Last summer, two authors asked Fast Company readers a simple question: “Are you ready to consider that capitalism is the real problem?”
For millennials, the answer seems to be increasingly yes. “A lot of young people don’t believe in it anymore,” Ana Garcia, a college junior, told the Wall Street Journal in a recent article on the topic. “We don’t trust capitalism because we don’t see ourselves getting ahead.”
A 2016 poll by the Harvard Institute of Politics found that just 19% of Americans aged 18 to 29 identified themselves as capitalists; only 42% claimed they supported the economic system. Another Harvard poll, released on December 5, found that two-thirds of that same age group is fearful for the future of the country. Just 14% think we’re headed in the right direction.
It’s not difficult to connect the dots between young Americans’ rejection of capitalism and their concern over the future of the country. The millennial generation is the one, after all, that came of age and entered the job market during or right after the financial crash of 2008, which was precipitated by the failure of the large financial institutions that both symbolize and drive the capitalist system.
It’s also, according to the World Economic Forum, the first generation in modern memory to be on track to be worse off than their parents. The median earnings of millennials in 2013 were 43% lower than someone who was their age and working in 1995. Even though average wages have inched slowly upward in recent years after a long period of stagnation, they’re still 8% lower than they were before the 2008 recession. And average student debt, has, since 2008, climbed from around $24,000 to over $37,000.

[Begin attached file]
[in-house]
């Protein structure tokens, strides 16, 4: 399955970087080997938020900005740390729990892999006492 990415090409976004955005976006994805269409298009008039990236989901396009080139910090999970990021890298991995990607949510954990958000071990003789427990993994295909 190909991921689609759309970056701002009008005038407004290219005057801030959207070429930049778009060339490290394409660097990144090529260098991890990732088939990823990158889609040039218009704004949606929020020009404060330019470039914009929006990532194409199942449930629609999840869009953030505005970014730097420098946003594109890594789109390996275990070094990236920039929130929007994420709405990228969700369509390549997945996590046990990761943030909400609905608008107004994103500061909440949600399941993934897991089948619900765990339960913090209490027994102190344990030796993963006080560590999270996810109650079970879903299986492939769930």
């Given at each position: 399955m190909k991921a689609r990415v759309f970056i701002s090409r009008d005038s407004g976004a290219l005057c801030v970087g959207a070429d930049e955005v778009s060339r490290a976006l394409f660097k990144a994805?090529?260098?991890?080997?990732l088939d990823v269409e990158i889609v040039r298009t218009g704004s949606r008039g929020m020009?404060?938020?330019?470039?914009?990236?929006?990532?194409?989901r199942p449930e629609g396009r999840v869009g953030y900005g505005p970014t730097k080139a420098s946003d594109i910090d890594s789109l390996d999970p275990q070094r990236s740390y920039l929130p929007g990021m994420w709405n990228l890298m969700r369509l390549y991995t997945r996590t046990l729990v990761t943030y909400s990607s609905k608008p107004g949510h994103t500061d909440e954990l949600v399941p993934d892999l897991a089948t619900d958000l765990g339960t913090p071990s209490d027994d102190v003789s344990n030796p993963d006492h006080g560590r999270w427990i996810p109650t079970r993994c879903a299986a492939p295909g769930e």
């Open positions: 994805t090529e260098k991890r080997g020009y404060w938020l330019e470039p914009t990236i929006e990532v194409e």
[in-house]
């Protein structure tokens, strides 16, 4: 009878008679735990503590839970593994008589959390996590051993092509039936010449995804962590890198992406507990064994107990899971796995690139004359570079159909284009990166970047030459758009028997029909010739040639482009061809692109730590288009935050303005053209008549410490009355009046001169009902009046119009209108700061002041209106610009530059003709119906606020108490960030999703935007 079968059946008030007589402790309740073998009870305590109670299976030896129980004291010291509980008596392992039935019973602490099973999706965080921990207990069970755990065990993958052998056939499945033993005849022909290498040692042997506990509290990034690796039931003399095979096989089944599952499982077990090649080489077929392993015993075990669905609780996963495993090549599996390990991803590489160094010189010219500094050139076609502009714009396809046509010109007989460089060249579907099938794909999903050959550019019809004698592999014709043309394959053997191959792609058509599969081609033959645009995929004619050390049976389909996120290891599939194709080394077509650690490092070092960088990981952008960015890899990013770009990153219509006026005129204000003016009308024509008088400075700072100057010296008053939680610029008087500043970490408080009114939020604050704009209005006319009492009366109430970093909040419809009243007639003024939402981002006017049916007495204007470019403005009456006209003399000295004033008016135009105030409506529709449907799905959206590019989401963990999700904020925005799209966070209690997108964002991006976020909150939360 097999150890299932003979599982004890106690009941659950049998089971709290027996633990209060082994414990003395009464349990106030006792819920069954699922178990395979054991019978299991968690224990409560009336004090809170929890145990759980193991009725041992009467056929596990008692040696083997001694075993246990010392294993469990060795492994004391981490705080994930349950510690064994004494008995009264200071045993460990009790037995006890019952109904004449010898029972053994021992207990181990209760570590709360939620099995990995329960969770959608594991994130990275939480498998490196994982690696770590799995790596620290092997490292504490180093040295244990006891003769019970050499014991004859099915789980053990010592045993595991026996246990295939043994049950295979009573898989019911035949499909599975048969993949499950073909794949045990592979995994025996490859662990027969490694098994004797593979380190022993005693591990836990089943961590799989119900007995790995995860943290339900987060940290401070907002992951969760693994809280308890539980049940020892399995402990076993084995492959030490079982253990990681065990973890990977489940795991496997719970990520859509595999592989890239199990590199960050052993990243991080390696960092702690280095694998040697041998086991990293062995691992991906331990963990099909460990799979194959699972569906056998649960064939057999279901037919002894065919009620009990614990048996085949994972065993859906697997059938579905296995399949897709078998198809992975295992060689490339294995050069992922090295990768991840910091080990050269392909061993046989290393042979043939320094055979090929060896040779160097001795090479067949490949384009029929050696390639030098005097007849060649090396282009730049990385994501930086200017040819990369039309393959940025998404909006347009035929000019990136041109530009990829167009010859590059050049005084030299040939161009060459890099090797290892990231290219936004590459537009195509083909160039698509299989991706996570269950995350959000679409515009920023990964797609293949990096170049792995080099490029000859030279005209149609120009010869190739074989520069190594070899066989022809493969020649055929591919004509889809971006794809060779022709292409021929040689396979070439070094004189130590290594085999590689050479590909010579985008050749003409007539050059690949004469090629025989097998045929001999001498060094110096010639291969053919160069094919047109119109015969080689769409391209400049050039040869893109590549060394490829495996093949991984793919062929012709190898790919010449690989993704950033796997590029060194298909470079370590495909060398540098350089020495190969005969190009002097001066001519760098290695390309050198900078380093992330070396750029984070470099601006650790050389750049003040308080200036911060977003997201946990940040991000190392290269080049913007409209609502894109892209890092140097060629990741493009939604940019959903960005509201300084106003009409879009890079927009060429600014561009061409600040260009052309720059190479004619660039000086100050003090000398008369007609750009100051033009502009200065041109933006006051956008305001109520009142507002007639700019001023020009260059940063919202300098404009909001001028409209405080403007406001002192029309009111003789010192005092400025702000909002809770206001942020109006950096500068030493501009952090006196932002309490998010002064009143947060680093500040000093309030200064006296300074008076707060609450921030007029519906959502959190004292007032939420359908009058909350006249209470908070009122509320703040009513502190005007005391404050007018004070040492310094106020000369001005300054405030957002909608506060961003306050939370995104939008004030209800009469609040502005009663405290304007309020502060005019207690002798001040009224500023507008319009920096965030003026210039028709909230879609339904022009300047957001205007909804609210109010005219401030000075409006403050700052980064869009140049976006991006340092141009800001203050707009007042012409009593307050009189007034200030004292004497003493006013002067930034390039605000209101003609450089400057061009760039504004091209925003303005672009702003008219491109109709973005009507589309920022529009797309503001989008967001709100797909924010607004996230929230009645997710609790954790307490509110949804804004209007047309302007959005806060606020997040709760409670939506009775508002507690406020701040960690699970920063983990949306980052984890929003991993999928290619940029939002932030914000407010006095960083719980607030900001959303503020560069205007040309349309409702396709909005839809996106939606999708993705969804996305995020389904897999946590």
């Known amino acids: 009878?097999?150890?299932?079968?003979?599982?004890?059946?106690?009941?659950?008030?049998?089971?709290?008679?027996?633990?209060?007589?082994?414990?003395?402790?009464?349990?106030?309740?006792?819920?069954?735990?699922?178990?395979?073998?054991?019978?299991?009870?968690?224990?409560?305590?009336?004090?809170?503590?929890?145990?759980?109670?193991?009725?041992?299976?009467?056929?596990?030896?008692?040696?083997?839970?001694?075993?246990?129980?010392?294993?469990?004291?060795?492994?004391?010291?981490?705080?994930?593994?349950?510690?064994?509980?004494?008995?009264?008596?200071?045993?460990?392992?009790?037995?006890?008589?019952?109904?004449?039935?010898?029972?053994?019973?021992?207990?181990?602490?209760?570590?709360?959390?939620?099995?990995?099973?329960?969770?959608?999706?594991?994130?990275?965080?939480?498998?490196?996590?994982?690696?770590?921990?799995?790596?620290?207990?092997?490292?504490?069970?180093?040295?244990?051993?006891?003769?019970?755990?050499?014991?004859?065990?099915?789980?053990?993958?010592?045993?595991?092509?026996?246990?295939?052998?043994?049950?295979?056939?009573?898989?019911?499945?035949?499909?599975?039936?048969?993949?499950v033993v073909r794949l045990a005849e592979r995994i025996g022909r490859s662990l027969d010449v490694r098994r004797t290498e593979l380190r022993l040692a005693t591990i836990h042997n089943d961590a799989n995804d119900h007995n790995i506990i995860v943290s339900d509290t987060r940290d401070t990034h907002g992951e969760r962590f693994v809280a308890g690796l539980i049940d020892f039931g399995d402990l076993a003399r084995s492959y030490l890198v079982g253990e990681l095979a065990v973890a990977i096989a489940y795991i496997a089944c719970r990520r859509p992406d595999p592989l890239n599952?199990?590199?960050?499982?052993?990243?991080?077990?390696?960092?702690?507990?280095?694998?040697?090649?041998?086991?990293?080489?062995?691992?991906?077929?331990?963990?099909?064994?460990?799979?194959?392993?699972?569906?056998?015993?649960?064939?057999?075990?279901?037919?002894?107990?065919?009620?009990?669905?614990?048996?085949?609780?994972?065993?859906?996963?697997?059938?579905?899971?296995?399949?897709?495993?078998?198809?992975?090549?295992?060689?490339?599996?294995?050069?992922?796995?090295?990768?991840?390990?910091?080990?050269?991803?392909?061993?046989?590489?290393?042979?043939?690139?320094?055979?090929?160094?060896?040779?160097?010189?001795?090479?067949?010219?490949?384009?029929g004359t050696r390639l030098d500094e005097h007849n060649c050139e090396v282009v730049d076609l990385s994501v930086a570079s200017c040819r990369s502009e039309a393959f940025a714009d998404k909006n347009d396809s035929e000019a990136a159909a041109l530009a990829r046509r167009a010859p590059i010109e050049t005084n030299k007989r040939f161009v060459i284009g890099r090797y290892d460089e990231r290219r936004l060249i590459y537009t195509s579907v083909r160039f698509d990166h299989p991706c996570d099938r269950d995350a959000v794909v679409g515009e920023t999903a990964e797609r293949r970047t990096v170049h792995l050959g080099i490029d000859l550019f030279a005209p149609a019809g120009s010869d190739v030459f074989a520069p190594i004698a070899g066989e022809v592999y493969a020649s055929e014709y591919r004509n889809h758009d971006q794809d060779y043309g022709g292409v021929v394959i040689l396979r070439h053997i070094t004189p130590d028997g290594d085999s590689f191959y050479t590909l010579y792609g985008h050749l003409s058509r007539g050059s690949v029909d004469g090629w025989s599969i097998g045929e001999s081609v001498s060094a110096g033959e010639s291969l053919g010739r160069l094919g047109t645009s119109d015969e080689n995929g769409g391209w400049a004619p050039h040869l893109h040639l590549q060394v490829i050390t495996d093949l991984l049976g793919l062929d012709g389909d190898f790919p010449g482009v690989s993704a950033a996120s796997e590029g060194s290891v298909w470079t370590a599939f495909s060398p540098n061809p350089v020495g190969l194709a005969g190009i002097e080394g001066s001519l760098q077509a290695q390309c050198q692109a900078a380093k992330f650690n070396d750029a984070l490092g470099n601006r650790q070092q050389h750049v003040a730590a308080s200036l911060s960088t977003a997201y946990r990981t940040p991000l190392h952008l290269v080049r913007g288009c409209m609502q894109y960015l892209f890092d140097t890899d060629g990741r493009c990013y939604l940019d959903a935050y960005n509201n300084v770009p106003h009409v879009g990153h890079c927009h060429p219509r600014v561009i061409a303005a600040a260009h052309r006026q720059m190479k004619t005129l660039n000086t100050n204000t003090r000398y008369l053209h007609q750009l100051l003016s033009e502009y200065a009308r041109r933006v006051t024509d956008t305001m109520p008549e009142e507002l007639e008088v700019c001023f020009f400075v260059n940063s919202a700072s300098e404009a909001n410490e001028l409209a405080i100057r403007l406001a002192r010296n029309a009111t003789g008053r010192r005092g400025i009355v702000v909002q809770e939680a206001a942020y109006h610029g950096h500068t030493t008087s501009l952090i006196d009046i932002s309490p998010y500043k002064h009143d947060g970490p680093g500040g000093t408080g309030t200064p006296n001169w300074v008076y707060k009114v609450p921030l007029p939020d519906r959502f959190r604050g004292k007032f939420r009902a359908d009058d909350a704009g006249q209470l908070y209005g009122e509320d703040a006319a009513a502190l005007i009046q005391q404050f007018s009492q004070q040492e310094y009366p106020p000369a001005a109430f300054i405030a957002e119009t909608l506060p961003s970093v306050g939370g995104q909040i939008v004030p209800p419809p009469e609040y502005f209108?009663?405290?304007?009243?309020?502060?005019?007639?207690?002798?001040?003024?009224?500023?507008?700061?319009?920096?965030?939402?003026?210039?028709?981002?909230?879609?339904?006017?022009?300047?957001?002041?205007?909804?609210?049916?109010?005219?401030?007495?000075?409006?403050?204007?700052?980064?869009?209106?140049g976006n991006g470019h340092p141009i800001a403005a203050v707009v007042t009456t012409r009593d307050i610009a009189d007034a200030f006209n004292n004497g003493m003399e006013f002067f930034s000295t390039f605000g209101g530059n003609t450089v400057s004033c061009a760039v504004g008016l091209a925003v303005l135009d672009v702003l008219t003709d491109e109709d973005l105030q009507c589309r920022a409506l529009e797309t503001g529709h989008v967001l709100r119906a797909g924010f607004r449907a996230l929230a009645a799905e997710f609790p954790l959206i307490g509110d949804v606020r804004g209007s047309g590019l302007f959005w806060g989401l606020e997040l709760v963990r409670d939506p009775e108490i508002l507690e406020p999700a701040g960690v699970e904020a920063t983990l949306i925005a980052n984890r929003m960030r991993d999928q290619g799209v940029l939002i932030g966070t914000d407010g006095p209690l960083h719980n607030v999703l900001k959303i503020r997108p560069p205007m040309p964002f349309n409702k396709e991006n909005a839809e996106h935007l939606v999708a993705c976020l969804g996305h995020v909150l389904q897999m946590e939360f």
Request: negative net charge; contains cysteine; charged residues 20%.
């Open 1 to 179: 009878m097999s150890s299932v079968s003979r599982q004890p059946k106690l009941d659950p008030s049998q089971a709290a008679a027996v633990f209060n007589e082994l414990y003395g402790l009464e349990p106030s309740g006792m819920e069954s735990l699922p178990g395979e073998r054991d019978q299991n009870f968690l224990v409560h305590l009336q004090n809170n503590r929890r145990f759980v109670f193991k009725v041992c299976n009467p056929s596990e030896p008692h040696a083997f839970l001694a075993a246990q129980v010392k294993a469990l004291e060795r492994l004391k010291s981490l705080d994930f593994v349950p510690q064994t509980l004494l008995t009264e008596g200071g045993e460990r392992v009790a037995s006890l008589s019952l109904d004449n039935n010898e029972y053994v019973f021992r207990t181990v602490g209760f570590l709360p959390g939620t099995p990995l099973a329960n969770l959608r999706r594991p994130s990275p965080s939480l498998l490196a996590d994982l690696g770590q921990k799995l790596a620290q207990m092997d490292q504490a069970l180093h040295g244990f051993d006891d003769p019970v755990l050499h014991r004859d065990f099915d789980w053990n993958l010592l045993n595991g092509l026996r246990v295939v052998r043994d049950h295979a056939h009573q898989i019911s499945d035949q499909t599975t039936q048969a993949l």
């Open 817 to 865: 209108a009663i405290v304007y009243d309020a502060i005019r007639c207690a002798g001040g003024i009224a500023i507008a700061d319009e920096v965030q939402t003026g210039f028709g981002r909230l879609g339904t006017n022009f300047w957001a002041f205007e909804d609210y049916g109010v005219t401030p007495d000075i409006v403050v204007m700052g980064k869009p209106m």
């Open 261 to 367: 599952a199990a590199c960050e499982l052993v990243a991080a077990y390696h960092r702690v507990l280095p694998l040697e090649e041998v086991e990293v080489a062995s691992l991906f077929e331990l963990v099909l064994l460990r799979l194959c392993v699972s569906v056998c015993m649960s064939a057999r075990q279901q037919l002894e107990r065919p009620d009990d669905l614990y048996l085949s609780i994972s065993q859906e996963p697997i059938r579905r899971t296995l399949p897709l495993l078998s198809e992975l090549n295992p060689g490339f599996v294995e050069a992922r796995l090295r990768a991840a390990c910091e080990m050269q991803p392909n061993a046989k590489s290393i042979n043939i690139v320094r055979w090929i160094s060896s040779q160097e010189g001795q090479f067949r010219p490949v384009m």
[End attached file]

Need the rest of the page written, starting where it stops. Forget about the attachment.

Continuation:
Richard Wolff, an economist who’s been lecturing on anti-capitalism for the past 50 years, has witnessed this shift away from trust in the economic system firsthand, and has seen how instrumental young people have been in this movement. The change in consciousness he’s witnessed among his students, he told Fast Company in September, is instrumental in precipitating a move toward a different economic system–a shift he thinks is so far underway as to be too late to stop. “The sheer beauty of this is that nothing fuels this movement more than capitalism’s own troubles, and the displeasure, disaffection, and anxiety it produces,” he says.
So what might that alternative look like? Ask millennials, and they have a strong preference for a more socialist model: According to a 2016 Gallup poll, the popularity of capitalism and socialism is neck-and-neck among younger Americans, while older generations are still distrusting of socialism. Younger people are also the ones driving the surge of the Democratic Socialists of America, which endorsed 15 winning candidates in the November election. And Americans aged 18 to 29, according to a recent WSJ poll, are more likely than any other age bracket to say that they believe the government should be doing more, not less, to help people in need.
If anything, the Trump administration is only serving to galvanize millennials’ beliefs. The president himself is perhaps one of the most extreme products of capitalism, and his success signifies what many feel to be the irrationality of the system. And as the Republican Party inches closer to passing the tax bill that will increase inequality and strip students of their already-limited financial resources, while leaving even less to help people at the lower end of the economic spectrum, the call for a system that prioritizes humanity and equity over inflating the profits of a tiny fraction of the already well-off will only continue to grow.